Effects of chronic nitric oxide synthase inhibition on the cardiovascular responses to cannabinoids in vivo and in vitro.Br J Pharmacol. 2007 Mar; 150(5):662-71.BJ
BACKGROUND AND PURPOSE
Since the vasorelaxant potency of the endocannabinoid anandamide is enhanced in perfused mesenteric vascular beds from rats made hypertensive by chronic inhibition of NO synthase (L-NAME in drinking water), we hypothesized that in vivo, anandamide-induced vasodilatation would be similarly enhanced in L-NAME-treated animals.
Male Sprague-Dawley rats were given L-NAME in drinking water (7.5 mg kg(-1) day(-1)) for 4 weeks. Relaxant effects of anandamide were measured in perfused mesenteric vascular beds and in isolated small mesenteric arteries. Renal, mesenteric and hindquarters haemodynamic responses to anandamide, methanandamide, the synthetic cannabinoid agonist WIN-55212-2 and the cannabinoid receptor antagonist AM251 were assessed in conscious, chronically-instrumented rats.
Vasorelaxant responses to anandamide were enhanced in the perfused mesentery but not in isolated mesenteric resistance vessels. In vivo, anandamide caused vasodilatation only in the hindquarters vascular bed and only in control rats. Methanandamide caused a late-onset (40 min after administration) tachycardia, mesenteric and hindquarters vasoconstriction, and renal vasodilatation, which did not differ between control and L-NAME-treated rats. AM251 had no effect on resting blood pressure in control or L-NAME-treated rats and WIN55212-2 caused pressor and renal and mesenteric vasoconstrictor responses, with hindquarters vasodilatation in both groups of animals.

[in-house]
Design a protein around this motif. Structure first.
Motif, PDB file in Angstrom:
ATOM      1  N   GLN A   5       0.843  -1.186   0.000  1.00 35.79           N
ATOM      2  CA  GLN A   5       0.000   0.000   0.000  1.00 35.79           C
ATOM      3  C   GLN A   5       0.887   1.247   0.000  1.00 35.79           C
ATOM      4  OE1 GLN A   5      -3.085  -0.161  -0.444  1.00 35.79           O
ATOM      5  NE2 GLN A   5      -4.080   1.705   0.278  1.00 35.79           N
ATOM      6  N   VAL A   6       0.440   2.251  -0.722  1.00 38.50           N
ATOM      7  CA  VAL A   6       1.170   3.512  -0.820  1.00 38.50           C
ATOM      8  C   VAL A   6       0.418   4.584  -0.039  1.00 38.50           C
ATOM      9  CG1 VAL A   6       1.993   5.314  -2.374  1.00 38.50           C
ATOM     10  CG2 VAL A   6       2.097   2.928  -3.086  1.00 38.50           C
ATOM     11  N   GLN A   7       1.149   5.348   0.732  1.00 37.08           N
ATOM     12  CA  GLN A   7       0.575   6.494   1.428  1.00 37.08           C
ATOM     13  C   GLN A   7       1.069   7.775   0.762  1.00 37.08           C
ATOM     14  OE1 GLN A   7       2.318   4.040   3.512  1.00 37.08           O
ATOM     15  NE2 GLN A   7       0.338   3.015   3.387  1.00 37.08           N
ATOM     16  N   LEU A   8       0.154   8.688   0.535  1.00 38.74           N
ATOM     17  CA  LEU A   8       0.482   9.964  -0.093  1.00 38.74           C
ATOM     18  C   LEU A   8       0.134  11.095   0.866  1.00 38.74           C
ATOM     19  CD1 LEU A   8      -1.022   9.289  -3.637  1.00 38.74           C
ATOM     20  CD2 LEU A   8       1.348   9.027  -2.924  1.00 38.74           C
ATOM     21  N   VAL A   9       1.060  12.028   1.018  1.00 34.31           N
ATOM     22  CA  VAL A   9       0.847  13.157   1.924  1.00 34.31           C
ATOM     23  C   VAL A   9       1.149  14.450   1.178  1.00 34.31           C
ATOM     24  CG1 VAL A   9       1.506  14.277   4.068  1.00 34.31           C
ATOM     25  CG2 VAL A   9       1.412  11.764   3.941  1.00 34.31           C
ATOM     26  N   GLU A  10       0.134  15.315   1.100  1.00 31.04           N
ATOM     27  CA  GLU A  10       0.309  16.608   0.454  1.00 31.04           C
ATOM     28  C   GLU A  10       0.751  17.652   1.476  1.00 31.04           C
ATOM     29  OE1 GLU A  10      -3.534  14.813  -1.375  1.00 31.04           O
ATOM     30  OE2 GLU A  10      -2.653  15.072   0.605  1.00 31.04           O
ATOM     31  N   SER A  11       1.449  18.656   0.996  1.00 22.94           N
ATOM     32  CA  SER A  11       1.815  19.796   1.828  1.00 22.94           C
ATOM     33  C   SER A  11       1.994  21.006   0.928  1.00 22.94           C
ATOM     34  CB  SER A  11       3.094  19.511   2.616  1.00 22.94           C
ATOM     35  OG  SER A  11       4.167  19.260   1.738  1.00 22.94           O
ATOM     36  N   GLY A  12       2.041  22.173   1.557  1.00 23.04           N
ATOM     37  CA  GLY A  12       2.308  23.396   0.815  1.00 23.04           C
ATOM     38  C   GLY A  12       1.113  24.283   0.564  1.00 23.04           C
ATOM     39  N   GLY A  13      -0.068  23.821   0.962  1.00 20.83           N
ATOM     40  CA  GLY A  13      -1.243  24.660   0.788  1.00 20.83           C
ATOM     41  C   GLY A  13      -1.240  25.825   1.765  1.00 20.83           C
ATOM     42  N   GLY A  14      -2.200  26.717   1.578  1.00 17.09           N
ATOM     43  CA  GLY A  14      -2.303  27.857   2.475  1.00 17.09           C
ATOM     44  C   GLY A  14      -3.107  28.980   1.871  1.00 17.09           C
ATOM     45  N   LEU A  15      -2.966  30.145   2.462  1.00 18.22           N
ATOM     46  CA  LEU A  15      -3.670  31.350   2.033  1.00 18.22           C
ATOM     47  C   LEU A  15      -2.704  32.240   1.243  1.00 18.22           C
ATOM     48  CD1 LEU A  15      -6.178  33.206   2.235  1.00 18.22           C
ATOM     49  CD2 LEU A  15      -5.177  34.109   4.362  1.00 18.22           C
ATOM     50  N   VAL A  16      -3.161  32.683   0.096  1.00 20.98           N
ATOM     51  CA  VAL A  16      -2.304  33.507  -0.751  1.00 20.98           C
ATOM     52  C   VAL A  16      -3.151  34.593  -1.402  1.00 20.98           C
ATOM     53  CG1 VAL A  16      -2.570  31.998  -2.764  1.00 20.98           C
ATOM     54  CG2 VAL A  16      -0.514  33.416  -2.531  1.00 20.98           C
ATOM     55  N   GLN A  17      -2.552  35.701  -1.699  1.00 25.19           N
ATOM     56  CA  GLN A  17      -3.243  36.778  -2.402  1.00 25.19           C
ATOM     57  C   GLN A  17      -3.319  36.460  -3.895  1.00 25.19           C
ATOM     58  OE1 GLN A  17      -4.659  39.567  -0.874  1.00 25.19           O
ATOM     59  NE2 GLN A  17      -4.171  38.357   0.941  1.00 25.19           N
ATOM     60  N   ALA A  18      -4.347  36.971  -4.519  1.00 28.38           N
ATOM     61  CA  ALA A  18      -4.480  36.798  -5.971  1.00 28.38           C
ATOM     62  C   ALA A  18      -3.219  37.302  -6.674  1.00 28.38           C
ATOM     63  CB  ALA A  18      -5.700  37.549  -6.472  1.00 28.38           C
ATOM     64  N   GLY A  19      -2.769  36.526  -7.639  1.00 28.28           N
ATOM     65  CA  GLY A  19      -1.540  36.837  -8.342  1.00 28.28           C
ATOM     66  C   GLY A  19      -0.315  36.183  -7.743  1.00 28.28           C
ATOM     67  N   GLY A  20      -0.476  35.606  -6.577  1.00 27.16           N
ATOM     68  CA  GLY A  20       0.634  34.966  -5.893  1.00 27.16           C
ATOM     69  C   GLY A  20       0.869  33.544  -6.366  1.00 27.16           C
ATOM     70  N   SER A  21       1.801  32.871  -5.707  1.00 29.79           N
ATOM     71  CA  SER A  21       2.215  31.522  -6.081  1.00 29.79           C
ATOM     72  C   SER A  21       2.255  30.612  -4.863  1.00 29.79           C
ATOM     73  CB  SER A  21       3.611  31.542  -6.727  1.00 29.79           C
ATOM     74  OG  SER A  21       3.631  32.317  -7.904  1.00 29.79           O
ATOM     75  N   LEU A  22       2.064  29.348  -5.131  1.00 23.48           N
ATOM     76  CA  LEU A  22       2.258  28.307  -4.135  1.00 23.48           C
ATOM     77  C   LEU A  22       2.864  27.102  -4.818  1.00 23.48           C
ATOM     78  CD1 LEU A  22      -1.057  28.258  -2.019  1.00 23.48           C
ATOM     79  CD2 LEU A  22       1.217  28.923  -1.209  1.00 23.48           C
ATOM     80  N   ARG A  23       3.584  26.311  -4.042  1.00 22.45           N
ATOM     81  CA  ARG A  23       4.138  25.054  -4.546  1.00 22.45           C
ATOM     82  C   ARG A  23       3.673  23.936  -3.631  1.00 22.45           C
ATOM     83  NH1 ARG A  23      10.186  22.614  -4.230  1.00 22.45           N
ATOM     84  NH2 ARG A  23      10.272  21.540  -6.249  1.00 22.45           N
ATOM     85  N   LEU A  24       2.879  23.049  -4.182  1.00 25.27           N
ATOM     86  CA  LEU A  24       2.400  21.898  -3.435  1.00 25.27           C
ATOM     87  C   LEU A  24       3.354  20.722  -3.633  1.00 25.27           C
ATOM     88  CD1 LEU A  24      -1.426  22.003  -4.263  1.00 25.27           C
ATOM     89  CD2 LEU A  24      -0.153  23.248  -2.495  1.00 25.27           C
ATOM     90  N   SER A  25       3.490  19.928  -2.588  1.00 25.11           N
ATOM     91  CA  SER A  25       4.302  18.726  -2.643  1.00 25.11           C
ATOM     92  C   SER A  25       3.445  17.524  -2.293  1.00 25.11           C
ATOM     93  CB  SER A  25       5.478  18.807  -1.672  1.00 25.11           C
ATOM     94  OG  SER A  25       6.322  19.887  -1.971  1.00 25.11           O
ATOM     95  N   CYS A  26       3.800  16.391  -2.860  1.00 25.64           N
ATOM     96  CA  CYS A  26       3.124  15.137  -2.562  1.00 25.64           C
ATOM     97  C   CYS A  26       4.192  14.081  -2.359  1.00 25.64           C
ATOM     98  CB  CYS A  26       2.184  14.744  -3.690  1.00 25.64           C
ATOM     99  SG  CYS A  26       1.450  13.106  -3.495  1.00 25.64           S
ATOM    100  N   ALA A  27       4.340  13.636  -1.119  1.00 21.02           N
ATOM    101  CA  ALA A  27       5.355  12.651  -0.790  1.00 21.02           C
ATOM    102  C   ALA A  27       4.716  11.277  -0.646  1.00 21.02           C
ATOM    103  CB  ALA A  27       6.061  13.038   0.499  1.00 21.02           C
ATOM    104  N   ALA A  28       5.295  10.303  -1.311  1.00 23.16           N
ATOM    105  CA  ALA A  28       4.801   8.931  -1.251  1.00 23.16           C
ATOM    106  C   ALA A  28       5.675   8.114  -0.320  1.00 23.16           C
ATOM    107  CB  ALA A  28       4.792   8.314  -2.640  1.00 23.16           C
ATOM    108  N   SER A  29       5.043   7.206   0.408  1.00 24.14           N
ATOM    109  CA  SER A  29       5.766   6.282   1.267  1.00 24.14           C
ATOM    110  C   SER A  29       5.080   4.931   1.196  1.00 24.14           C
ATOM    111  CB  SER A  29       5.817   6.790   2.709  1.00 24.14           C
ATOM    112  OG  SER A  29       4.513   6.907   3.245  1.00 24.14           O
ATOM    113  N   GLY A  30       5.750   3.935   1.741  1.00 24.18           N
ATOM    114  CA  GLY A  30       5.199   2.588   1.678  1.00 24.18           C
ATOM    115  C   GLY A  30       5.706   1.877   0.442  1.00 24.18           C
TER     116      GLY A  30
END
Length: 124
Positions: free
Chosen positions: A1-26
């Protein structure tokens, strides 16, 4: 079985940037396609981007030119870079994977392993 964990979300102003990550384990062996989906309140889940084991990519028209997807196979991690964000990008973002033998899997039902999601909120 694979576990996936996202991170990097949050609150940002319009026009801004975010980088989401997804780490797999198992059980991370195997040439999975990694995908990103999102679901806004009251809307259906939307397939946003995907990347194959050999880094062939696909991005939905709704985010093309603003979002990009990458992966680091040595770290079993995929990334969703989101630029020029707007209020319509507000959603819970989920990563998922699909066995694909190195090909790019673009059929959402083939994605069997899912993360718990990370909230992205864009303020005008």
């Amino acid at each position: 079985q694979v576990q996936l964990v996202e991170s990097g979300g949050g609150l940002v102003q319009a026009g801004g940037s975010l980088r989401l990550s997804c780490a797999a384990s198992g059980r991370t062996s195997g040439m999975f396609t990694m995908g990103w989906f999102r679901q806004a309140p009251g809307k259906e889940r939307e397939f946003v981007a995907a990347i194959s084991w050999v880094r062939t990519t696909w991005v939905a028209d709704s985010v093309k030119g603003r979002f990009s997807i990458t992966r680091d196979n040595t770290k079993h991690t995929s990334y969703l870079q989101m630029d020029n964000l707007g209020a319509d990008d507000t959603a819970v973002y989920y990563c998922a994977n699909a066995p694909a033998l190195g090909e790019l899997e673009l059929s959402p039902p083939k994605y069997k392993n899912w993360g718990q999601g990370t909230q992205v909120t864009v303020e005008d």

CONCLUSIONS AND IMPLICATIONS
The results provide no in vivo evidence for enhanced vasodilator responses to cannabinoids, or up-regulation of endocannabinoids or their receptor activity, following chronic NO synthase inhibition.